The results of the study are encouraging. ALDP (the protein encoded by ABCD1 gene) was expressed in patients’ blood cells after the transfusion of the stem cells. Regarding the clinical outcome, 15 patients remained in a neurologic score below 2 (remember the range between 0 and 25, with higher scores indicating more severe deficits). This means that they did not present any abnormalities characteristics of X-ALD. 2 patients died during the study, one of them was withdrawn from the study and was subjected to bone marrow transplantation but died due to complications in the procedure. In the other one, the disease progressed quickly and died 2 years after the gene therapy. Curiously, these adverse events in these two patients correlated with a lower viral load in the drug product compared with the other patients. The sample size is low, usual in rare diseases studies, so they could not confirm a significant difference, but this correlation suggests that those patients did not receive enough copies of the ABCD1 gene to halt the inflammation. The Loes score (the extent of the lesions by MRI) also remained stable in 11 out of 17 patients. The patient who died due to a fast progression of the disease had the second highest Loes score (Loes score = 7), which also points to the importance to start the treatments in an early phase of the disease (see the Study for more details about every patient). Another important parameter that was measured is gadolinium enhancement, a chemical compound that improves the contrast of the MRI, and which was present in the initial MRI of all the patients. This media injected into the patients consists of a mix of gadolinium ions with a chelating agent that prevents the toxicity of the gadolinium. Gadolinium enhancement is typically observed near the leading edge of active demyelination and, when present, strongly predicts disease progression. At the end of this study, the enhancement was not present in most of them, and in the remaining patients, the enhancement was less extensive.
This study is based on a proof-of-principle initial study published in 2010 in which two Spanish boys received the transfusion of genetically-modified hematopoietic stem cells, and after two years, the disease had not progressed and they remained stable 2. Gene therapy has regained a central scene in biomedicine and the pharmaceutical companies after famous pitfalls that happened in the 90s. 5 out of 20 patients from one of the first gene therapy studies developed leukaemia due to the integration of the vector near proto-oncogenes, which resulted in the activation of their expression 3. One of the key changes has been the switch from retroviral to lentiviral vectors, which seem to possess less risk of mutagenesis. Hematopoietic stem cells are ideal for these approach as they are long-lived and multipotent. Moreover, they can be accessed for ex vivo manipulation, genetic modification and re-administration to the patient by an intravenous transfusion. CD34 is a glycoprotein and an antigen expressed in hematopoietic stem cells. Patient’s own CD34+ stem cells are selected for the manipulation and transfusion, which ideally would lead to the genetic correction in the hematopoietic lineage (Figure 2).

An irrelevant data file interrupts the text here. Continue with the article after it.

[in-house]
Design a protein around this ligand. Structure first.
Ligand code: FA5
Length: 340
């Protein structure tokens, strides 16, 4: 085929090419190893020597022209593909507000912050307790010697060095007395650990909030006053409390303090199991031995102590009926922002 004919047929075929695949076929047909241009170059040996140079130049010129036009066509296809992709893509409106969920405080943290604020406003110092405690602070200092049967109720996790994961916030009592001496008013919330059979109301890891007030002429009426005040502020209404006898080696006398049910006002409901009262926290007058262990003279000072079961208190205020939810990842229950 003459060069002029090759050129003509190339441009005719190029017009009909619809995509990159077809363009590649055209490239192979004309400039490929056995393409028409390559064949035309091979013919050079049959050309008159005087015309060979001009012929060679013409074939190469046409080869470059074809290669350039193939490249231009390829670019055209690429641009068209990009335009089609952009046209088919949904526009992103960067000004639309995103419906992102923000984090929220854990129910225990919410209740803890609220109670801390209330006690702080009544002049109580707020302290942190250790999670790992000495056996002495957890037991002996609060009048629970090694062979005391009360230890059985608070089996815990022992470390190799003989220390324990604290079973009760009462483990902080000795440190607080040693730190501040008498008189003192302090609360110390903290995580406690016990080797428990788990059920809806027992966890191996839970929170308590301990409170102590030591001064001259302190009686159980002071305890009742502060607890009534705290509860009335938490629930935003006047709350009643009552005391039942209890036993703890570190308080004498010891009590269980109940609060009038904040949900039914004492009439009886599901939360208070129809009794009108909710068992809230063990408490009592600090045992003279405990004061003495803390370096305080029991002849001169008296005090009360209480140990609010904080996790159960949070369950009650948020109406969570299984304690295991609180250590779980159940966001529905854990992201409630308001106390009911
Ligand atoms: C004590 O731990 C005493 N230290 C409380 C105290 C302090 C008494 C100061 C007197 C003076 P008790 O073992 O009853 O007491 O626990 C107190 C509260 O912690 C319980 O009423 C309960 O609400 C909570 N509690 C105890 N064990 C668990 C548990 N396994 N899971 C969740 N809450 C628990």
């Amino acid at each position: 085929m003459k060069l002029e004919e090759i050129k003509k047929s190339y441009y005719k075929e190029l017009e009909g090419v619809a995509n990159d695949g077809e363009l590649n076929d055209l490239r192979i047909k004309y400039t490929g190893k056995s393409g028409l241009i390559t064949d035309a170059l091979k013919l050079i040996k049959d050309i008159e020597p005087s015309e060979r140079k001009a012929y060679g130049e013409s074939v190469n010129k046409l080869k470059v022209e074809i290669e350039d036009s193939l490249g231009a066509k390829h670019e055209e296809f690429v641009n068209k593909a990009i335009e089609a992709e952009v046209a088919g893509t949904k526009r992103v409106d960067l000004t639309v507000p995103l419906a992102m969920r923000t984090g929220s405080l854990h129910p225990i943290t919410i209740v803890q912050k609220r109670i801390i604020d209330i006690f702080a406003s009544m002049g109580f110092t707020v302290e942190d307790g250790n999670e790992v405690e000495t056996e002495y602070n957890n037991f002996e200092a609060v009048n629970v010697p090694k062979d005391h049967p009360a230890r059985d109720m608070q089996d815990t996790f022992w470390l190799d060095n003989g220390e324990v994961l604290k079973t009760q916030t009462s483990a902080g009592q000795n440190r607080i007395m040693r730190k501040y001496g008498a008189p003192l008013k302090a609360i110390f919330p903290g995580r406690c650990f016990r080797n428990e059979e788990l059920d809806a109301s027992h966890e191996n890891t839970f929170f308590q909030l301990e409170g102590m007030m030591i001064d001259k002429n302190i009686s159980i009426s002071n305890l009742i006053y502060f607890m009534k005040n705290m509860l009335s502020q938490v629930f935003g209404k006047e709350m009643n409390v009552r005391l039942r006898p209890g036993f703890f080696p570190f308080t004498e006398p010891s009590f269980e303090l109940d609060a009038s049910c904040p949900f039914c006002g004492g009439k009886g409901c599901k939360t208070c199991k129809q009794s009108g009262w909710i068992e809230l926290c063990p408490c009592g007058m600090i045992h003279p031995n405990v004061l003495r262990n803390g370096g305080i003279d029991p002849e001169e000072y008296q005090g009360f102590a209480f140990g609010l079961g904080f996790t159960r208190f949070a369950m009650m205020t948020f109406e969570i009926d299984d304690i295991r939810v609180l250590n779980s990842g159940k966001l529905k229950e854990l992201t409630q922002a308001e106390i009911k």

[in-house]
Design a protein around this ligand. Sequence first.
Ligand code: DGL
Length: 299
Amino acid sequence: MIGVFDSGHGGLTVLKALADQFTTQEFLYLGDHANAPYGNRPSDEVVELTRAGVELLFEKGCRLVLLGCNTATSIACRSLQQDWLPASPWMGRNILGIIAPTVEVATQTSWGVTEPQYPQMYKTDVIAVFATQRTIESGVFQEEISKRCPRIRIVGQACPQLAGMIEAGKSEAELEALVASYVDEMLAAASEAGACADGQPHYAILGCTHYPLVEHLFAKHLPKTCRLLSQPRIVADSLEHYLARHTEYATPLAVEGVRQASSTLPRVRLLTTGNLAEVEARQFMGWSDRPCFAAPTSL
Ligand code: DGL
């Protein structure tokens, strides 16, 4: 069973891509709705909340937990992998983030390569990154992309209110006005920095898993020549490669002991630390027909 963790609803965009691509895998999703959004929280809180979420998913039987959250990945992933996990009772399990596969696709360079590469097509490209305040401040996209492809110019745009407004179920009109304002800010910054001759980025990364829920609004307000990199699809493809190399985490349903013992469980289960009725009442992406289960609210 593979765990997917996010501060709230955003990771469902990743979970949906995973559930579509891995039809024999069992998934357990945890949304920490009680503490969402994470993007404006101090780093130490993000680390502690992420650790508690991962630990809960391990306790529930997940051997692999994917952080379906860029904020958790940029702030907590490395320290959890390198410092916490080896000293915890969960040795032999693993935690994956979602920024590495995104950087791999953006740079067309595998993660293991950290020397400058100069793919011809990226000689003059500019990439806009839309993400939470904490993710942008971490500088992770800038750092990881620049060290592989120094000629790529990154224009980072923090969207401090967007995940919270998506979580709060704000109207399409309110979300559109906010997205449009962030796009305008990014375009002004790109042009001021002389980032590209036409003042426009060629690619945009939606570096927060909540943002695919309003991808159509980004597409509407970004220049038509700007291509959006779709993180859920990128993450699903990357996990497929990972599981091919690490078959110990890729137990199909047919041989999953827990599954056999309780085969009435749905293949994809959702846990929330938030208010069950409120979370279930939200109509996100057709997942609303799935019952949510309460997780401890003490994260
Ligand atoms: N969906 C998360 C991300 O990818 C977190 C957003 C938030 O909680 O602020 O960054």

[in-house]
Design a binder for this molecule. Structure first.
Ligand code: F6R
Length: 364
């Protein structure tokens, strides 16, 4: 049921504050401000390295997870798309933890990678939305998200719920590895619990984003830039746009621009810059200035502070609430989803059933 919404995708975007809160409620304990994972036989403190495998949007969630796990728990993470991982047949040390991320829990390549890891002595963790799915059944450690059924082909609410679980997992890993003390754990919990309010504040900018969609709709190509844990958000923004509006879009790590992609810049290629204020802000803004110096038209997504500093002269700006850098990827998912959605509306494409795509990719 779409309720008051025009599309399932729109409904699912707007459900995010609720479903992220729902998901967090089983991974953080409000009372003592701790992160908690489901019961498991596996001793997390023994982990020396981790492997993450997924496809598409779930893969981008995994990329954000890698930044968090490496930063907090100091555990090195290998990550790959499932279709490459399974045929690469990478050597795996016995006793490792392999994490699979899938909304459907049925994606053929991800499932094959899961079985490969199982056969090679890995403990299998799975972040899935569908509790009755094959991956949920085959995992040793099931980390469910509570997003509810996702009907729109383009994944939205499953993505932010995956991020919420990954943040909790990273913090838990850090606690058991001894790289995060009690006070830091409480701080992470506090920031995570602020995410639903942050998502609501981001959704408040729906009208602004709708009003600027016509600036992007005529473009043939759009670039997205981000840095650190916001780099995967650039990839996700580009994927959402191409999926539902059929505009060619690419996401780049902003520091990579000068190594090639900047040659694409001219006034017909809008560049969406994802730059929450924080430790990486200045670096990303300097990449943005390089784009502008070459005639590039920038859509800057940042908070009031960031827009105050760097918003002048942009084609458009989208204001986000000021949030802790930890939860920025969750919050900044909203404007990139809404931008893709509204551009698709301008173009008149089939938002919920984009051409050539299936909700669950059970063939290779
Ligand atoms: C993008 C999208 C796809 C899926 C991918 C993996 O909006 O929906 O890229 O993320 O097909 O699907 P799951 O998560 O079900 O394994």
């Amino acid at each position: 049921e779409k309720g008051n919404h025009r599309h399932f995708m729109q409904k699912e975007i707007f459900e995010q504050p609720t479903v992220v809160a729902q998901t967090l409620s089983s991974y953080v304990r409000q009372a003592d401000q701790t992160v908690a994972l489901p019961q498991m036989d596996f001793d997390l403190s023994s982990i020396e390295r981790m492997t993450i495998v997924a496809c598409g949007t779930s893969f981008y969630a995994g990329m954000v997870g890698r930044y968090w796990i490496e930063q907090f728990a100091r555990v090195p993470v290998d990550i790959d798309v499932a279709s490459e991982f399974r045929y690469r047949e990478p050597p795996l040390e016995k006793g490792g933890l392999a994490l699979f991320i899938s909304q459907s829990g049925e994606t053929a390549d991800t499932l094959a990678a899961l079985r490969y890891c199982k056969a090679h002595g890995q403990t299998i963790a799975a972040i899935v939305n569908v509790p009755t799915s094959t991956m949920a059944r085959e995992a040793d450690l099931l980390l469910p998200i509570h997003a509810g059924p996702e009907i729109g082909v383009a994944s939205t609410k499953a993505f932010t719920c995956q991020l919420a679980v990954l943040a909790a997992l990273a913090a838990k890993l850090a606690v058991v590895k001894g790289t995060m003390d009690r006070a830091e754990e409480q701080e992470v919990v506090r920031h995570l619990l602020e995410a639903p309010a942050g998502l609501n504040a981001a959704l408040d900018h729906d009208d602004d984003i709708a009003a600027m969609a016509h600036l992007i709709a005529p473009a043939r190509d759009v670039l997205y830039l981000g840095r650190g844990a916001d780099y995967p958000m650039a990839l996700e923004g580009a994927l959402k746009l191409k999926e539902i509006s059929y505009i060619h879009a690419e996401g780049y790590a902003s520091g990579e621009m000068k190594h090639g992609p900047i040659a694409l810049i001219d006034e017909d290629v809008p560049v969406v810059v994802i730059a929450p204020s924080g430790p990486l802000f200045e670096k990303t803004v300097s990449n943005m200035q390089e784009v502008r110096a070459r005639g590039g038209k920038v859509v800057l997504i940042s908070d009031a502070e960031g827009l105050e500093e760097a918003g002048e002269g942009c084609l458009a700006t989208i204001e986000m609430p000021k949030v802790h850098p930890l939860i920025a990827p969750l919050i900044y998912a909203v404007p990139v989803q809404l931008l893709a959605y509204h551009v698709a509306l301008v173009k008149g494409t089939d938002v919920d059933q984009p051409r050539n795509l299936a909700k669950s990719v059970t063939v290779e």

However, gene therapy does not prevent the appearance of myelopathy, the main component of the X-ALD adult phenotype, which is adrenomyeloneuropathy (AMN) 4. AMN patients present peripheral axonopathy with the spinal cord as the main affected tissue. Gene therapy halts cerebral inflammation but it does not normalize the levels of VLCFA (the diagnostic biomarker of the disease), so the toxic effects of VLCFA eventually lead to the onset of AMN in adulthood. That is why it is so important to investigate the mechanism associated with VLCFA accumulation and to develop therapies for AMN patients, who cannot benefit from gene therapy or bone marrow transplantation. In our group, we are investigating the pathophysiology of X-ALD, by studying the toxic effects of VLCFA in the mouse model of the disease (Abcd1 knockout mouse) and in skin fibroblasts from X-ALD patients. We are developing therapies for AMN patients after understanding the pathophysiology. For example, we discovered that oxidative stress and mitochondrial dysfunction, among other dysregulated pathways, are early hallmarks of X-ALD 56, and we are evaluating an antioxidant cocktail in a clinical trial with AMN patients after showing the efficacy of this cocktail in the mouse model 7.
Being a scientist is hard, but these kind of results are amazing stimuli to keep doing science.